Mucocele

Ranulas

Type of mucocele CAUSE: blocked sublingual gland ducts PHYSIOLOGIC MANIFESTATION: Unilateral, softtissue lesions, often with a bluish appearance.

Vary in size and may cross the midline of the mouth and cause deviation of the tongue

TREATMENT: self-limiting (acute) surgery (chronic)

Ranula

Sialolithiasis

CAUSE: inactivity of the glands

Metabolic conditions that promote salt precipitation in the glands Predisposing factors: dehydration and poor oral hygiene

PHYSIOLOGIC MANIFESTATION: formation of caliculi TREATMENT: massaged out by a specialist, surgery, antibiotics

Sialolithiasis

Necrotizing Sialometaplasia

UNKNOWN CAUSE

Possible etiologic agent: smoking, trauma, vascular disease

PHYSIOLOGIC MANIFESTATION: uncommon benign lesion and inflammatory condition that affects salivary glands, usually the minor salivary glands TREATMENT: resolves spontaneously, self-limiting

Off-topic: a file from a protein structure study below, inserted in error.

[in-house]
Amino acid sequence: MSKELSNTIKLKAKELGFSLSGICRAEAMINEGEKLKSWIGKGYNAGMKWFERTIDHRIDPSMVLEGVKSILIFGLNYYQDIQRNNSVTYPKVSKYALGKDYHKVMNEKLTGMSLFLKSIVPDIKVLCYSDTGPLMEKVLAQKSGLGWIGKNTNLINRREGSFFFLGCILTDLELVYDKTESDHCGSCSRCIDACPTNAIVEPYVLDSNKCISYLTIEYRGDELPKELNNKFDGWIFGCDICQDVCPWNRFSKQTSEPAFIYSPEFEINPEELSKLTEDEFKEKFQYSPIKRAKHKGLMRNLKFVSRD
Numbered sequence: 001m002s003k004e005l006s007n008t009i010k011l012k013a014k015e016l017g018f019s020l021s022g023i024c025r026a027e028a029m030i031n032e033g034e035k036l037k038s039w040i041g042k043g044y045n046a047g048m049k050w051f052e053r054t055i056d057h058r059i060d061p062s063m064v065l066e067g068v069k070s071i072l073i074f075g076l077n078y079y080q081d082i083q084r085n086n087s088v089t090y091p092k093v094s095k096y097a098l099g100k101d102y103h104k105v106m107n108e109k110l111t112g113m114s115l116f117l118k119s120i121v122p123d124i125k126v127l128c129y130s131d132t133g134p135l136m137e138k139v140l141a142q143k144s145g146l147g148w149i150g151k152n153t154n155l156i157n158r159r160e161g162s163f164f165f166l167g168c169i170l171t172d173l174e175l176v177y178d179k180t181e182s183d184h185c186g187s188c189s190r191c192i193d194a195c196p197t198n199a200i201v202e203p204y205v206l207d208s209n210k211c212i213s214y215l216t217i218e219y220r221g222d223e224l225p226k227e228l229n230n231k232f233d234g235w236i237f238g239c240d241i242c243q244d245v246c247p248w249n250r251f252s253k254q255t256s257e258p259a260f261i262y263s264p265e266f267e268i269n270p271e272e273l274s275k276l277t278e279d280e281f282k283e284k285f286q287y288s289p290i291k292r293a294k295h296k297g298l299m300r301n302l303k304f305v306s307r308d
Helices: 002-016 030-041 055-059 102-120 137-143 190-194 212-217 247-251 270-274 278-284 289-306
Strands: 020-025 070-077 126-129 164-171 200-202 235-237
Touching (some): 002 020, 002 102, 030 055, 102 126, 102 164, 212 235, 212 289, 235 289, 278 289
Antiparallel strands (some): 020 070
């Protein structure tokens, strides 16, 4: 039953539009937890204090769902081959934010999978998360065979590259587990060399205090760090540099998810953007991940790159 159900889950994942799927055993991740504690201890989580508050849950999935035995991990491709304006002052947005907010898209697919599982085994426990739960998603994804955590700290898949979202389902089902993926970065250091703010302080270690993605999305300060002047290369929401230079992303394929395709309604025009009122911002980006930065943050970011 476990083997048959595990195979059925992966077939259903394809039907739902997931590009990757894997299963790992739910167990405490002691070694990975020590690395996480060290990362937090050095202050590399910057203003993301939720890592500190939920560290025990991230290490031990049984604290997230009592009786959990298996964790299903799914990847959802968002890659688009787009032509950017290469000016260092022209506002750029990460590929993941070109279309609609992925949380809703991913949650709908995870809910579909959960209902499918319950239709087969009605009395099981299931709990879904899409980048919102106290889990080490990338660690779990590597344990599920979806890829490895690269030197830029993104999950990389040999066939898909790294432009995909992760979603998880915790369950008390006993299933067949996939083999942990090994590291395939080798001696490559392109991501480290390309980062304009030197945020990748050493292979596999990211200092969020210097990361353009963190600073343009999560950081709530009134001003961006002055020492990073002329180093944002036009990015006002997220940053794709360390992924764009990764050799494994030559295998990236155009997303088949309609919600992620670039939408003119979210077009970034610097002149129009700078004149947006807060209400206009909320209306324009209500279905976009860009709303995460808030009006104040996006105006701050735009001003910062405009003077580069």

Necrotizing Sialometaplasia

Mumps

Aka. epidemic parotitis (viral) Occurs usually during childhood CAUSE: paramyxovirus that infects the parotid glands PHYSIOLOGIC MANIFESTATION: inflammation of the parotid glands located on either side of the face TREATMENT: warm compress, warm, salt water rinses, antibiotics, surgery, anti-inflammatory medications

Mumps

Salivary Gland Neoplasm

Aka. Salivary gland cancer CAUSE: rapid cell growth of the salivary gland PHYSIOLOGIC MANIFESTATION: present as painless, slow-growing masses TREATMENT: radiation therapy, chemotherapy

Salivary Gland Neoplasms

Irradiation Reaction (Xerostomia)

subjective complaint of dry mouth due to a lack of saliva CAUSE: tumoricidal doses of ionizing radiation, excessive clearance or breathing through the mouth, hyposalivation (decreased saliva production) PHYSIOLOGIC MANIFESTATION: dry oral mucosa TREATMENT: frequent sips of water and frequent mouth care

Xerostomia